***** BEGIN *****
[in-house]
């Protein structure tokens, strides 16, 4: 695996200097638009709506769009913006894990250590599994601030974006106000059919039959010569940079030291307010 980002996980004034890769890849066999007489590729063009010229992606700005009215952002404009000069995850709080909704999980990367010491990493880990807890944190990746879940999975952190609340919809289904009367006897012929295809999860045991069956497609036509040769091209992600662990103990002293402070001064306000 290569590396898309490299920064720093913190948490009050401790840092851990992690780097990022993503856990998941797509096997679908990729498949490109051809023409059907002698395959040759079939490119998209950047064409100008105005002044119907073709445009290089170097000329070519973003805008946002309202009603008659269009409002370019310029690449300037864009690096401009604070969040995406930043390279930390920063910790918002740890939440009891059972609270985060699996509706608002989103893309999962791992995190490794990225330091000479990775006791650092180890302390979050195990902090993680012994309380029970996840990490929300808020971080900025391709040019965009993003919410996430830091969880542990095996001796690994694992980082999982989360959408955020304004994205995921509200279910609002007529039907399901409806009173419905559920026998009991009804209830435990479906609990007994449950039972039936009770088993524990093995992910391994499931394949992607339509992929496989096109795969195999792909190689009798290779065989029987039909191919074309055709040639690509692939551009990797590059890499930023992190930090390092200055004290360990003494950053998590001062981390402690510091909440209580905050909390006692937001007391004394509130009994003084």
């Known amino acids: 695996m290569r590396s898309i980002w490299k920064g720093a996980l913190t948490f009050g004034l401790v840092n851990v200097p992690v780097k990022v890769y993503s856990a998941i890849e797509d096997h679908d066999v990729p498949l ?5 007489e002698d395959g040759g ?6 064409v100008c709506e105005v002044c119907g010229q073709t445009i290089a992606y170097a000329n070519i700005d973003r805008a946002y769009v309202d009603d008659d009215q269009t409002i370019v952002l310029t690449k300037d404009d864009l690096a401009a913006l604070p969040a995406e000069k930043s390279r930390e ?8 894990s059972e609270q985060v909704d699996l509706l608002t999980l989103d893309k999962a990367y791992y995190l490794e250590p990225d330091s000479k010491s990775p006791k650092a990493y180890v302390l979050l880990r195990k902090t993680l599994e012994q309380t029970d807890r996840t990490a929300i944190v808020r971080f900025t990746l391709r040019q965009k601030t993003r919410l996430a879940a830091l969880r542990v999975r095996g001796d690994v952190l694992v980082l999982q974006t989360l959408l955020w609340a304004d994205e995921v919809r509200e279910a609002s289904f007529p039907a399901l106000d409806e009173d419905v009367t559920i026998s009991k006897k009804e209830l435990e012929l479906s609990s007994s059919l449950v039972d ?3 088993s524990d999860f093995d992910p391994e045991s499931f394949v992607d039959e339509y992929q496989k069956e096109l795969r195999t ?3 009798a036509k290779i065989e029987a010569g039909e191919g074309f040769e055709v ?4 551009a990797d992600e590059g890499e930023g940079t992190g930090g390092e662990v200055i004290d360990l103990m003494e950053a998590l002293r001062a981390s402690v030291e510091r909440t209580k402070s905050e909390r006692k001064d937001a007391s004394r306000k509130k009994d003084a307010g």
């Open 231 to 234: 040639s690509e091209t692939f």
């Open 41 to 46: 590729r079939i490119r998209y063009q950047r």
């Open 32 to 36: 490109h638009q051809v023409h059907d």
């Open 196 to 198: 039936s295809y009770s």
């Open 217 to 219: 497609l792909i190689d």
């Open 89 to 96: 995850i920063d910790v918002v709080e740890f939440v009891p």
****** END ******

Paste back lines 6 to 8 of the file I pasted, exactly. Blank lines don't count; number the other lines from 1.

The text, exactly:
């Open 32 to 36: 490109h638009q051809v023409h059907d």
């Open 196 to 198: 039936s295809y009770s």
């Open 217 to 219: 497609l792909i190689d």